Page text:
My boss showed a completely different face to her peers and upper levels of management. She was also a mutli-performance award winner which seemed to give complete immunity. I had to see a medical professional for anti-anxiety medication to deal with the stress of the situation.

    What was truly scary was that prior to my reporting this person, people would get promoted her department and disappear after a while. Rumors got back to me that departing employees talked about what a fake person she is.

    I made mutliple attempts to report the abuse to her bosses and I was brushed off. She was a darling with HR because of the fake demenor and employee awards and “whatever it takes” mentality. I fought back but realized it was useless and found another job – what is amazing is how upset she was that that my workload would have to be somehow shifted to other members of the team.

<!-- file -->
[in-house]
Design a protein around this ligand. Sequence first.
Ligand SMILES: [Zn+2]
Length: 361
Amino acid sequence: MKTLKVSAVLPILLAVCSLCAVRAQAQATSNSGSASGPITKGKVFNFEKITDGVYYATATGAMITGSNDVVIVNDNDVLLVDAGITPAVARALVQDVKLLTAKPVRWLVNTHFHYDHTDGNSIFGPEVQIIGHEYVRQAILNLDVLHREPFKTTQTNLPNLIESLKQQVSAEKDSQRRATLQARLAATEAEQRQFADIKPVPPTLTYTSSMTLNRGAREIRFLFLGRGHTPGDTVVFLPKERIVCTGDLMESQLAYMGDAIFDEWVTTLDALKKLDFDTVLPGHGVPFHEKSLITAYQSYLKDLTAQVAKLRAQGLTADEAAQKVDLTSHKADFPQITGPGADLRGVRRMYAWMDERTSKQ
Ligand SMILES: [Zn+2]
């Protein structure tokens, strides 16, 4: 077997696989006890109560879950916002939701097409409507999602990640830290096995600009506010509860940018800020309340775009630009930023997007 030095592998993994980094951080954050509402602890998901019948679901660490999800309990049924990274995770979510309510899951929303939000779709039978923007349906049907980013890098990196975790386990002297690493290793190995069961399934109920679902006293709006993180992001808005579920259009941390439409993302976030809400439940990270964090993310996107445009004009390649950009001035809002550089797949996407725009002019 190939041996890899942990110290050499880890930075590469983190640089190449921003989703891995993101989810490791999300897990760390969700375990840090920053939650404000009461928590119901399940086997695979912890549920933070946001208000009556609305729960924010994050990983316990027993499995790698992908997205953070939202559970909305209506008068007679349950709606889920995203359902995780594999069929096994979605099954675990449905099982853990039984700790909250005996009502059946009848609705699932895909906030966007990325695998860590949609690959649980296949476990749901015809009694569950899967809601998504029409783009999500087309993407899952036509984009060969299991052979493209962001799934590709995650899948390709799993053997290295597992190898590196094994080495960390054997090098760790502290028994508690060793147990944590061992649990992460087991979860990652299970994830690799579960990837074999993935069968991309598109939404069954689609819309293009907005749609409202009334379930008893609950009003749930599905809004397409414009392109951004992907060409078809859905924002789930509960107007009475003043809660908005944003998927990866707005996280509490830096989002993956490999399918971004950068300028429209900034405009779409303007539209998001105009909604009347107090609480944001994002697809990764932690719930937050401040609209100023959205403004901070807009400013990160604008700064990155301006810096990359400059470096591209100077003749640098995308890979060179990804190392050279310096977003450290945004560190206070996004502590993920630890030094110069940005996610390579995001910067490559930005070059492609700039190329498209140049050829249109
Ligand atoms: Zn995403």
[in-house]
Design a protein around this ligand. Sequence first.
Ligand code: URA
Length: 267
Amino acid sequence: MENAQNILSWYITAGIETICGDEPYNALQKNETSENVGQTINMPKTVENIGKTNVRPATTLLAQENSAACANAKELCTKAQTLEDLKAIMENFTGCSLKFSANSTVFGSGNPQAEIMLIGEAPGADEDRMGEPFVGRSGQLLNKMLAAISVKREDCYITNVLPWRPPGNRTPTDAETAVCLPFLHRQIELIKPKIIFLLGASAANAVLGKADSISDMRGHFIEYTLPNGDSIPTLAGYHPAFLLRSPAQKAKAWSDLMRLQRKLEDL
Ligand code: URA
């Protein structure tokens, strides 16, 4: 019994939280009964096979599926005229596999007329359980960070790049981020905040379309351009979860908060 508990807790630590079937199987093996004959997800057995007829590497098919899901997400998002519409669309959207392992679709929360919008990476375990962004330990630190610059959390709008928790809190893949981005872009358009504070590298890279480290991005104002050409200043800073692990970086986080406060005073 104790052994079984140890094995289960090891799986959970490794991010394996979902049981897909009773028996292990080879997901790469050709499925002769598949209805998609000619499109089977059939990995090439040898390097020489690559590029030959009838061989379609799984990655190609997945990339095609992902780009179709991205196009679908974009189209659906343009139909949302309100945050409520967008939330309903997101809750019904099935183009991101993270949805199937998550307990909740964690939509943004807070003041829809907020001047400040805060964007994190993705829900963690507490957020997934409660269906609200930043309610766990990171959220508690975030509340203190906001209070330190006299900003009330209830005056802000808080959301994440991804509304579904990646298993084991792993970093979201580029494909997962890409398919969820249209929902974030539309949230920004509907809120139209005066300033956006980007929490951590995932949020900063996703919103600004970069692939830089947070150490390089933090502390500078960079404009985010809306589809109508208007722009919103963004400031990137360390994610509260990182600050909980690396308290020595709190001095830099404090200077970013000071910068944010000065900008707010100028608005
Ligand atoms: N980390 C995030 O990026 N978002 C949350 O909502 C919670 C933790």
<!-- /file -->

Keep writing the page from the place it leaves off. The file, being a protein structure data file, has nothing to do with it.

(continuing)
I’ll never forget how this organization protected this sociopath. My boss crafted an image with those that mattered and then chose one member of the team to torment. My new company showed me what truly good managers are.

    The person that eventually replaced me was tortured worse than me.

    Bret L. Simmons Reply:

    Welcome, William. That’s a terrible story, but I appreciate you sharing it with us. Sociopath is probably a fair description. Thanks! Bret

    William Reply:

    Thanks Bret.

    I have to also mention a power tactic that she employed on me and my replacement:

    1. “If you don’t understand something, please ask me.”
    If you ask her, then
    “You do not understand you’re job.”

    2. “If you cannot finish a task by a deadline, let me know.”
    You let her know, then
    “You are inefficient at performing you’re tasks and therefore that is why you are not going to meet the deadline.”